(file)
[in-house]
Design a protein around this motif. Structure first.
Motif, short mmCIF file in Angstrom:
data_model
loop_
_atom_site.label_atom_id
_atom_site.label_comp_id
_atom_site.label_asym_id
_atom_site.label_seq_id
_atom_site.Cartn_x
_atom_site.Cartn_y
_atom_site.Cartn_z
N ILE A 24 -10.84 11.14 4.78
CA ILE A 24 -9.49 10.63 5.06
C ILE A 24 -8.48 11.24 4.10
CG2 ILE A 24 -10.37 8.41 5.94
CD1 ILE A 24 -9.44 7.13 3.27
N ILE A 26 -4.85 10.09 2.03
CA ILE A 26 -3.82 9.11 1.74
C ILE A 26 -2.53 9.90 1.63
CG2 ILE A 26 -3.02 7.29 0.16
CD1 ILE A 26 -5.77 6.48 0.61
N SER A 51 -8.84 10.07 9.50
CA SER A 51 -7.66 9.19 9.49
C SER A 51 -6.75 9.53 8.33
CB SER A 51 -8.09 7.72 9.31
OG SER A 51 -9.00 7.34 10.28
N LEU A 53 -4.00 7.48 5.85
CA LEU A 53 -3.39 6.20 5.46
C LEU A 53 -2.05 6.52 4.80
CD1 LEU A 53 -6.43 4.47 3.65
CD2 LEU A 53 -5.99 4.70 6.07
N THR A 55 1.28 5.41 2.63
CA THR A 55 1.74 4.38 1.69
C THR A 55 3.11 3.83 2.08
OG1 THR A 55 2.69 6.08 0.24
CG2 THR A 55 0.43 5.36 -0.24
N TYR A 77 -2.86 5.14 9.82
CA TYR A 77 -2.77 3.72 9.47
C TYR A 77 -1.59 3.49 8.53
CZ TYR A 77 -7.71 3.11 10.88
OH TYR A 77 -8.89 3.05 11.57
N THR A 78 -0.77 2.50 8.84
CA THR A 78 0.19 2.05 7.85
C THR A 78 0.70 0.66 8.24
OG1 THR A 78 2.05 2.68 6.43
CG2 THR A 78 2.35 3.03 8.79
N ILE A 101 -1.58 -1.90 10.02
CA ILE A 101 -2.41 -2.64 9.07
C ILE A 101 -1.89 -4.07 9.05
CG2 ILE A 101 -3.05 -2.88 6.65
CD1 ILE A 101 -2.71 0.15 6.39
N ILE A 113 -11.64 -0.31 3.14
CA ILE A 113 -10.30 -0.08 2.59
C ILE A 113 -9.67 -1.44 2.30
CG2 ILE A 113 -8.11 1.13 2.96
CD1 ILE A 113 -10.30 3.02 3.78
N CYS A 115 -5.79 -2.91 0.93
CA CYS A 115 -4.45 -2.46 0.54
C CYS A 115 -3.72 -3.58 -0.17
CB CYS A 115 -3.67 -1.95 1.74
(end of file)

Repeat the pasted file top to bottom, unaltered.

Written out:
[in-house]
Design a protein around this motif. Structure first.
Motif, short mmCIF file in Angstrom:
data_model
loop_
_atom_site.label_atom_id
_atom_site.label_comp_id
_atom_site.label_asym_id
_atom_site.label_seq_id
_atom_site.Cartn_x
_atom_site.Cartn_y
_atom_site.Cartn_z
N ILE A 24 -10.84 11.14 4.78
CA ILE A 24 -9.49 10.63 5.06
C ILE A 24 -8.48 11.24 4.10
CG2 ILE A 24 -10.37 8.41 5.94
CD1 ILE A 24 -9.44 7.13 3.27
N ILE A 26 -4.85 10.09 2.03
CA ILE A 26 -3.82 9.11 1.74
C ILE A 26 -2.53 9.90 1.63
CG2 ILE A 26 -3.02 7.29 0.16
CD1 ILE A 26 -5.77 6.48 0.61
N SER A 51 -8.84 10.07 9.50
CA SER A 51 -7.66 9.19 9.49
C SER A 51 -6.75 9.53 8.33
CB SER A 51 -8.09 7.72 9.31
OG SER A 51 -9.00 7.34 10.28
N LEU A 53 -4.00 7.48 5.85
CA LEU A 53 -3.39 6.20 5.46
C LEU A 53 -2.05 6.52 4.80
CD1 LEU A 53 -6.43 4.47 3.65
CD2 LEU A 53 -5.99 4.70 6.07
N THR A 55 1.28 5.41 2.63
CA THR A 55 1.74 4.38 1.69
C THR A 55 3.11 3.83 2.08
OG1 THR A 55 2.69 6.08 0.24
CG2 THR A 55 0.43 5.36 -0.24
N TYR A 77 -2.86 5.14 9.82
CA TYR A 77 -2.77 3.72 9.47
C TYR A 77 -1.59 3.49 8.53
CZ TYR A 77 -7.71 3.11 10.88
OH TYR A 77 -8.89 3.05 11.57
N THR A 78 -0.77 2.50 8.84
CA THR A 78 0.19 2.05 7.85
C THR A 78 0.70 0.66 8.24
OG1 THR A 78 2.05 2.68 6.43
CG2 THR A 78 2.35 3.03 8.79
N ILE A 101 -1.58 -1.90 10.02
CA ILE A 101 -2.41 -2.64 9.07
C ILE A 101 -1.89 -4.07 9.05
CG2 ILE A 101 -3.05 -2.88 6.65
CD1 ILE A 101 -2.71 0.15 6.39
N ILE A 113 -11.64 -0.31 3.14
CA ILE A 113 -10.30 -0.08 2.59
C ILE A 113 -9.67 -1.44 2.30
CG2 ILE A 113 -8.11 1.13 2.96
CD1 ILE A 113 -10.30 3.02 3.78
N CYS A 115 -5.79 -2.91 0.93
CA CYS A 115 -4.45 -2.46 0.54
C CYS A 115 -3.72 -3.58 -0.17
CB CYS A 115 -3.67 -1.95 1.74